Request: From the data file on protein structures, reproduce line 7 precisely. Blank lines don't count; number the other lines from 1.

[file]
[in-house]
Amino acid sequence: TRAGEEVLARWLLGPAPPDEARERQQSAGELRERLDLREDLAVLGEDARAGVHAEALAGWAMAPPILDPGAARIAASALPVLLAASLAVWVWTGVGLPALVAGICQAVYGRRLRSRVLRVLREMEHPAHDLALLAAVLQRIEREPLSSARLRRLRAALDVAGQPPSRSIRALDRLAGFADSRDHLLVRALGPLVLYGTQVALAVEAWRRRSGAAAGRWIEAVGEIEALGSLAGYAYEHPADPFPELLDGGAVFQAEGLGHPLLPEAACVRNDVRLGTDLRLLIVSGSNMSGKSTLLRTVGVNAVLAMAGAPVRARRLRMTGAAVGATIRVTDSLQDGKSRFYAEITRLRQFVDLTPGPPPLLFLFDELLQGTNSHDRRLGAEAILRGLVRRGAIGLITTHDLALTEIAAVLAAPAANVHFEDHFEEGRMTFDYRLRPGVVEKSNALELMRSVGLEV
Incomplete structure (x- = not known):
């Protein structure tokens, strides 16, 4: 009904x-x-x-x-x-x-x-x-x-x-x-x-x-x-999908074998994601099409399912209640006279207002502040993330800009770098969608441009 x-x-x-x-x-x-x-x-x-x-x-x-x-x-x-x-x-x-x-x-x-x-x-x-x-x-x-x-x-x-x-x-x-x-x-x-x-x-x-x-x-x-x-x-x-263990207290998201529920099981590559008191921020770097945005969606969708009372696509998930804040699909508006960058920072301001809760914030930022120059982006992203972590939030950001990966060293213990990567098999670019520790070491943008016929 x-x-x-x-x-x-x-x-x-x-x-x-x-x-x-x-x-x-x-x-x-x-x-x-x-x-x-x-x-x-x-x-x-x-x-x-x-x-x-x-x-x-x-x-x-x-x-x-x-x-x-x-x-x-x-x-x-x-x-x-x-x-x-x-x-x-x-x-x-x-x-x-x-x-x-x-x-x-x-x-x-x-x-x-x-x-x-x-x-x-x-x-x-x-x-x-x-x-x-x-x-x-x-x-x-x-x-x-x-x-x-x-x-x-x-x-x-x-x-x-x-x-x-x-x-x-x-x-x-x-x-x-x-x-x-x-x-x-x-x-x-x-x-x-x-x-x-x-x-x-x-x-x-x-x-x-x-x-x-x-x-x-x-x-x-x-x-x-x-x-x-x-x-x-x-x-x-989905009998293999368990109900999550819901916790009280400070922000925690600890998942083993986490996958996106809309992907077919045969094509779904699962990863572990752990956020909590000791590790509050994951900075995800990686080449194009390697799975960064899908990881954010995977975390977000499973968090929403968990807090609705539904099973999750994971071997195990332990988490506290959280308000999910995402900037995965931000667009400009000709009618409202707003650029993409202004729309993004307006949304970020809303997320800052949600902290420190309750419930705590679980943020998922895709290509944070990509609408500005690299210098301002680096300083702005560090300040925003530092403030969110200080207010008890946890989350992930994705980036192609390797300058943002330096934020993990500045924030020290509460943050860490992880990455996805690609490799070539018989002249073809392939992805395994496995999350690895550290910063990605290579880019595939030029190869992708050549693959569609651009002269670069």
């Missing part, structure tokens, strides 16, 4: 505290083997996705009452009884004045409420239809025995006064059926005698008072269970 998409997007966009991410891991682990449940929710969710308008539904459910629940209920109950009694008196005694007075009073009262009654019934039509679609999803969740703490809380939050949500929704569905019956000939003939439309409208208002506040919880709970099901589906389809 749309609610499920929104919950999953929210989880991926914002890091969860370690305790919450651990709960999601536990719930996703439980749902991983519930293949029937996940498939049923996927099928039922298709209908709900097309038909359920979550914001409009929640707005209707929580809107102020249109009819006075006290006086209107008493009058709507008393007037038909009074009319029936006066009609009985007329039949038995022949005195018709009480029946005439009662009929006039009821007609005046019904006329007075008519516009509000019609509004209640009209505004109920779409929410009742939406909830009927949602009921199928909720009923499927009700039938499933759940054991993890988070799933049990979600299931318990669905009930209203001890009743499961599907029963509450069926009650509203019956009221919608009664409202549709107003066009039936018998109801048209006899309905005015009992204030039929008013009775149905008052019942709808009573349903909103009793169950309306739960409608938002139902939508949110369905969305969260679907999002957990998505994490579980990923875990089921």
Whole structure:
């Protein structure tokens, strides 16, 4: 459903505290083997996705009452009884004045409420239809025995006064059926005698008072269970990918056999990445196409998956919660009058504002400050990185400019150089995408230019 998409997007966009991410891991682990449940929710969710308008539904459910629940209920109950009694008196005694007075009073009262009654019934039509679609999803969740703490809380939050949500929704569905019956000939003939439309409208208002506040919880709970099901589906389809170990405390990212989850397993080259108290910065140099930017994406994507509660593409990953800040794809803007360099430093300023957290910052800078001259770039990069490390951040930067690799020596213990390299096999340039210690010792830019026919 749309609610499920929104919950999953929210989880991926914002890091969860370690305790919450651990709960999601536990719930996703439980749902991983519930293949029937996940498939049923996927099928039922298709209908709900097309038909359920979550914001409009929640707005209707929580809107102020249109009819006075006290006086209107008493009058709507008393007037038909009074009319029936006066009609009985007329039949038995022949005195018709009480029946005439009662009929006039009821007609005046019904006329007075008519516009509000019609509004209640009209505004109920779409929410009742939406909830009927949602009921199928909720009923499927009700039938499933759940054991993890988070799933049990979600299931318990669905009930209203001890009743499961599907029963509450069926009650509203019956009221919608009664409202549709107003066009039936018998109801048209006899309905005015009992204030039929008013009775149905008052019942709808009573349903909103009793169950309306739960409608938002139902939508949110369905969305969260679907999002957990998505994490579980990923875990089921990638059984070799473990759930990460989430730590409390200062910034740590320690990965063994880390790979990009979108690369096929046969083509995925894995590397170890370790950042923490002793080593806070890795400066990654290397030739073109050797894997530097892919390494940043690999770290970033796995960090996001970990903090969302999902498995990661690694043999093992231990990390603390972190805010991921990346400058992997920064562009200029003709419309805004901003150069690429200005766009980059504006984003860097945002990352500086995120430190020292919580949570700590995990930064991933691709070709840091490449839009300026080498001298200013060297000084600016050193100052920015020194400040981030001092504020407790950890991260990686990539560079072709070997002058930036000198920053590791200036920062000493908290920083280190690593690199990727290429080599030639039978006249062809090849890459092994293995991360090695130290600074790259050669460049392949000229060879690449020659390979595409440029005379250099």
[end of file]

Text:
């Protein structure tokens, strides 16, 4: 459903505290083997996705009452009884004045409420239809025995006064059926005698008072269970990918056999990445196409998956919660009058504002400050990185400019150089995408230019 998409997007966009991410891991682990449940929710969710308008539904459910629940209920109950009694008196005694007075009073009262009654019934039509679609999803969740703490809380939050949500929704569905019956000939003939439309409208208002506040919880709970099901589906389809170990405390990212989850397993080259108290910065140099930017994406994507509660593409990953800040794809803007360099430093300023957290910052800078001259770039990069490390951040930067690799020596213990390299096999340039210690010792830019026919 749309609610499920929104919950999953929210989880991926914002890091969860370690305790919450651990709960999601536990719930996703439980749902991983519930293949029937996940498939049923996927099928039922298709209908709900097309038909359920979550914001409009929640707005209707929580809107102020249109009819006075006290006086209107008493009058709507008393007037038909009074009319029936006066009609009985007329039949038995022949005195018709009480029946005439009662009929006039009821007609005046019904006329007075008519516009509000019609509004209640009209505004109920779409929410009742939406909830009927949602009921199928909720009923499927009700039938499933759940054991993890988070799933049990979600299931318990669905009930209203001890009743499961599907029963509450069926009650509203019956009221919608009664409202549709107003066009039936018998109801048209006899309905005015009992204030039929008013009775149905008052019942709808009573349903909103009793169950309306739960409608938002139902939508949110369905969305969260679907999002957990998505994490579980990923875990089921990638059984070799473990759930990460989430730590409390200062910034740590320690990965063994880390790979990009979108690369096929046969083509995925894995590397170890370790950042923490002793080593806070890795400066990654290397030739073109050797894997530097892919390494940043690999770290970033796995960090996001970990903090969302999902498995990661690694043999093992231990990390603390972190805010991921990346400058992997920064562009200029003709419309805004901003150069690429200005766009980059504006984003860097945002990352500086995120430190020292919580949570700590995990930064991933691709070709840091490449839009300026080498001298200013060297000084600016050193100052920015020194400040981030001092504020407790950890991260990686990539560079072709070997002058930036000198920053590791200036920062000493908290920083280190690593690199990727290429080599030639039978006249062809090849890459092994293995991360090695130290600074790259050669460049392949000229060879690449020659390979595409440029005379250099």